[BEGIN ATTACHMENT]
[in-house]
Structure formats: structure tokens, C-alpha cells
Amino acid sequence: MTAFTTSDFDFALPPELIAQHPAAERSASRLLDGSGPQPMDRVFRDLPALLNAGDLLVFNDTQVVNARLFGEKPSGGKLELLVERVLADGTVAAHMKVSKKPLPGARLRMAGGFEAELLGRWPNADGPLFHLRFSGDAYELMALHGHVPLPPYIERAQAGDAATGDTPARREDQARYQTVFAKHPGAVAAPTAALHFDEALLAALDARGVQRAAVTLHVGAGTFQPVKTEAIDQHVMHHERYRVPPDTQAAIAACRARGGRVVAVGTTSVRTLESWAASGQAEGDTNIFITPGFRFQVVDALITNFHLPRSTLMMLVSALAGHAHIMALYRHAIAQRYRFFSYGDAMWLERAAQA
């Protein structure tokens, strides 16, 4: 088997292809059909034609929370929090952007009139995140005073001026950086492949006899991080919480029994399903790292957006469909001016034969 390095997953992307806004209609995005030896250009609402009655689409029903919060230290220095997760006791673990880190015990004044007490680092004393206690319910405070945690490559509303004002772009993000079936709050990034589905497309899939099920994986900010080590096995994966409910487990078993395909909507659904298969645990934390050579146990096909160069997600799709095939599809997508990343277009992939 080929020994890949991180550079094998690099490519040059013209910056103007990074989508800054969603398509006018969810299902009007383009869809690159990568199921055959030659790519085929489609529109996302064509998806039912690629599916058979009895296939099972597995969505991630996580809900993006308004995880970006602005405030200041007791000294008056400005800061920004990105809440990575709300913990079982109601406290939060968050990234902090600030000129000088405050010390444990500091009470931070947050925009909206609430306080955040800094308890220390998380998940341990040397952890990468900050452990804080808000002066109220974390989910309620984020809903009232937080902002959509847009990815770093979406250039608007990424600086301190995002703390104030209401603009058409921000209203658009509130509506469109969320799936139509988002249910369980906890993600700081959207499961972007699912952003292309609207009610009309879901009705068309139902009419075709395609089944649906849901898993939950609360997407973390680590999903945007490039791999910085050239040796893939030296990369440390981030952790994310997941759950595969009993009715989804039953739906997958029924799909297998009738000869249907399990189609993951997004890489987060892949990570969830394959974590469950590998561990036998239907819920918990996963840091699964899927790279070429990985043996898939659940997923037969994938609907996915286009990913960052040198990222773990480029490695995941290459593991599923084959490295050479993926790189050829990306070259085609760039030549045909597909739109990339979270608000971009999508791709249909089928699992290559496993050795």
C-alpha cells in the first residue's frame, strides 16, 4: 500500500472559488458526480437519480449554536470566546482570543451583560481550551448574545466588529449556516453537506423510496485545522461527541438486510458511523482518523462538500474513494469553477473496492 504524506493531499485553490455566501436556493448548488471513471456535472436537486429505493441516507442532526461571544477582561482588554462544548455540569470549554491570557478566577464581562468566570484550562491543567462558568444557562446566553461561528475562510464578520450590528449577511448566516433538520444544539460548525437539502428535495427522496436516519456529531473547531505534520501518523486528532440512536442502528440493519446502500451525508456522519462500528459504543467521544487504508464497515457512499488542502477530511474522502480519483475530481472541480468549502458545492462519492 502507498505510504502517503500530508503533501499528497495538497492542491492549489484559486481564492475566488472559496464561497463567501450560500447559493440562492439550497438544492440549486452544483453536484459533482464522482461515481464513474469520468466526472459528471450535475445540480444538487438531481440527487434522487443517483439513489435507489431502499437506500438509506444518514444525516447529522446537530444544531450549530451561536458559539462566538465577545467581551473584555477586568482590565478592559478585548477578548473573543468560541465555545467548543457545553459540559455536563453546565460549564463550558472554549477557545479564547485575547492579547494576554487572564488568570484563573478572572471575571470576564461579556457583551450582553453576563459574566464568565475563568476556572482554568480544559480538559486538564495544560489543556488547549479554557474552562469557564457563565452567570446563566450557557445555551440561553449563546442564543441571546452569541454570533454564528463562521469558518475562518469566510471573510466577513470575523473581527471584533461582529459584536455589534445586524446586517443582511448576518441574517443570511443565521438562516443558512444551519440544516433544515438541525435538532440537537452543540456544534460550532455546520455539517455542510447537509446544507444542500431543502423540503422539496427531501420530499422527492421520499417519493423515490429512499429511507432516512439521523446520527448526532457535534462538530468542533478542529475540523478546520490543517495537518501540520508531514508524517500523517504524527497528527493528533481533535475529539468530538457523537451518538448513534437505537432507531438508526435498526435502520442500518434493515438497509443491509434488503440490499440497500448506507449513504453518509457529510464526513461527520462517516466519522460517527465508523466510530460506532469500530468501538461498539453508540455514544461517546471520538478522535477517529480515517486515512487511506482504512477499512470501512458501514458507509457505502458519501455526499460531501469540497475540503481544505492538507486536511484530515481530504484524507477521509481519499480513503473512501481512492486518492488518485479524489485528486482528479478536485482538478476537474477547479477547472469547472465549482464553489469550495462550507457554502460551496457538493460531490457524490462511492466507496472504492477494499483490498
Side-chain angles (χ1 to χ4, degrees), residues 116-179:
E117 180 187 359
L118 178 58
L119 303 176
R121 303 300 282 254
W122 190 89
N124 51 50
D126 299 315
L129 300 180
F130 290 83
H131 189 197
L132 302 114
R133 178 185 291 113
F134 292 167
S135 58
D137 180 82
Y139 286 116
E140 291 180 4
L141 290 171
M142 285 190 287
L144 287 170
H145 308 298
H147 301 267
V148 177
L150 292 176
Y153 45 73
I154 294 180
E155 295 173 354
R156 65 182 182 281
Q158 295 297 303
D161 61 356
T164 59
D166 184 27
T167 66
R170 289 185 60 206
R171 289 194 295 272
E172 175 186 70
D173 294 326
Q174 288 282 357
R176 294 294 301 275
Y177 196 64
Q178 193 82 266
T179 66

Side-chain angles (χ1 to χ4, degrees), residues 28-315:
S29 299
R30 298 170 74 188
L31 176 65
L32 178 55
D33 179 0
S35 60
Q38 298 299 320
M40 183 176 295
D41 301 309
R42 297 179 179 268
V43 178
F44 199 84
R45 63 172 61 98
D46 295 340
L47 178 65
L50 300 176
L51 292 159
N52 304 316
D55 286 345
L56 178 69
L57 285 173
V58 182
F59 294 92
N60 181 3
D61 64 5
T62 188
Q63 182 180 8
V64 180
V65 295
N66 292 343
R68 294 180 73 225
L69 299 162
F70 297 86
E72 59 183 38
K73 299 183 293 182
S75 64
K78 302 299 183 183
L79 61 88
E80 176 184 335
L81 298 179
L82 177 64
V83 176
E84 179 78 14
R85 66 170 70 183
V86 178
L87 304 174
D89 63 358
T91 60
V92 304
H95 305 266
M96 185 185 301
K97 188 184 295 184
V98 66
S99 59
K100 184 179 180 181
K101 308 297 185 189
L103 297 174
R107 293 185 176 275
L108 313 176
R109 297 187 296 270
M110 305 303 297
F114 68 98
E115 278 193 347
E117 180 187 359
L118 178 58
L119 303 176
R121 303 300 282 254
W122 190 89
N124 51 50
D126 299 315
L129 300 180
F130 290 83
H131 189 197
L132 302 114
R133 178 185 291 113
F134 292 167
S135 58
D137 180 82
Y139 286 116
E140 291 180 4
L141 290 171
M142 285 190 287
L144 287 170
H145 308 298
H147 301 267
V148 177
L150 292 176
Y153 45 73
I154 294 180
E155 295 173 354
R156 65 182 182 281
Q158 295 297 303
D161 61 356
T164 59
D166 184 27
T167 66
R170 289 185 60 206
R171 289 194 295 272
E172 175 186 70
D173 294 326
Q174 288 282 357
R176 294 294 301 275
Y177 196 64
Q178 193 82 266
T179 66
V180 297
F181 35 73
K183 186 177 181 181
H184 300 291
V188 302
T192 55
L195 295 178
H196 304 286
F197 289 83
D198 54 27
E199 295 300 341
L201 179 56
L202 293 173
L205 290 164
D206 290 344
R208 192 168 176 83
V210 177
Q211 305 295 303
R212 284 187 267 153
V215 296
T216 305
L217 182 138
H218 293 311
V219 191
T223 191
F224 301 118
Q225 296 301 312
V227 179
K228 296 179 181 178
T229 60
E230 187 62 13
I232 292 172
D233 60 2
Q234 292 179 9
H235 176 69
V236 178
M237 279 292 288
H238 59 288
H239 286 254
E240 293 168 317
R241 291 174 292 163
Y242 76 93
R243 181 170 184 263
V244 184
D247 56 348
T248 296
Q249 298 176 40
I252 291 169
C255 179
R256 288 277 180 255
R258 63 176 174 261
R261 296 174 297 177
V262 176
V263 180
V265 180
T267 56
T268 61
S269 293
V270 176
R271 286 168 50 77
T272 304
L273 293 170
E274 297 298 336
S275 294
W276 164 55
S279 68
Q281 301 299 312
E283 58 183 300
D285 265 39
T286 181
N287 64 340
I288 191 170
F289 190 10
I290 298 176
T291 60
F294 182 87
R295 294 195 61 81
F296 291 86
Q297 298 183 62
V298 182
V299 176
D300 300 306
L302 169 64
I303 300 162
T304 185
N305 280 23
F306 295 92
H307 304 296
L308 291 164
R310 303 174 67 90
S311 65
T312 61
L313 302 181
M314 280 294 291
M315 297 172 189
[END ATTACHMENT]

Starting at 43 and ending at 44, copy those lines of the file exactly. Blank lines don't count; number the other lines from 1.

D173 294 326
Q174 288 282 357